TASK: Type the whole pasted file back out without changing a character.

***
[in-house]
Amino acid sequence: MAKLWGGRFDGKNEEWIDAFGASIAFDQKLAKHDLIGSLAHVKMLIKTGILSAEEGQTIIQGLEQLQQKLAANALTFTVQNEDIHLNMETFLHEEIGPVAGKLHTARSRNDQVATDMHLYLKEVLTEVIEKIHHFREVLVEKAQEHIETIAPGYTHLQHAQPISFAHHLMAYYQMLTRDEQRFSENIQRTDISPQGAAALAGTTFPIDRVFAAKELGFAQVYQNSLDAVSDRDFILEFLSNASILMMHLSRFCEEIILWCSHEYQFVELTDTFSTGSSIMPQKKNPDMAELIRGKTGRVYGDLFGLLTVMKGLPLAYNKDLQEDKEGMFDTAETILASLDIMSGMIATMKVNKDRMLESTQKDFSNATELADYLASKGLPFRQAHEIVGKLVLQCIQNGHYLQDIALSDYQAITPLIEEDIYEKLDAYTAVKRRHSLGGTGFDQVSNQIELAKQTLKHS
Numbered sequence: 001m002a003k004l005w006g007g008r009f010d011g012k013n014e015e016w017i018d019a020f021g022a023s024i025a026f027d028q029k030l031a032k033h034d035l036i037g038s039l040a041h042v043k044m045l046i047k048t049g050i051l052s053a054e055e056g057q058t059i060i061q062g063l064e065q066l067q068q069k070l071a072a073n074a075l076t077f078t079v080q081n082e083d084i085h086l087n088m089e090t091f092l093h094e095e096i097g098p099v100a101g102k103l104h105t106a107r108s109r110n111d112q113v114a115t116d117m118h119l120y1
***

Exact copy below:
[in-house]
Amino acid sequence: MAKLWGGRFDGKNEEWIDAFGASIAFDQKLAKHDLIGSLAHVKMLIKTGILSAEEGQTIIQGLEQLQQKLAANALTFTVQNEDIHLNMETFLHEEIGPVAGKLHTARSRNDQVATDMHLYLKEVLTEVIEKIHHFREVLVEKAQEHIETIAPGYTHLQHAQPISFAHHLMAYYQMLTRDEQRFSENIQRTDISPQGAAALAGTTFPIDRVFAAKELGFAQVYQNSLDAVSDRDFILEFLSNASILMMHLSRFCEEIILWCSHEYQFVELTDTFSTGSSIMPQKKNPDMAELIRGKTGRVYGDLFGLLTVMKGLPLAYNKDLQEDKEGMFDTAETILASLDIMSGMIATMKVNKDRMLESTQKDFSNATELADYLASKGLPFRQAHEIVGKLVLQCIQNGHYLQDIALSDYQAITPLIEEDIYEKLDAYTAVKRRHSLGGTGFDQVSNQIELAKQTLKHS
Numbered sequence: 001m002a003k004l005w006g007g008r009f010d011g012k013n014e015e016w017i018d019a020f021g022a023s024i025a026f027d028q029k030l031a032k033h034d035l036i037g038s039l040a041h042v043k044m045l046i047k048t049g050i051l052s053a054e055e056g057q058t059i060i061q062g063l064e065q066l067q068q069k070l071a072a073n074a075l076t077f078t079v080q081n082e083d084i085h086l087n088m089e090t091f092l093h094e095e096i097g098p099v100a101g102k103l104h105t106a107r108s109r110n111d112q113v114a115t116d117m118h119l120y1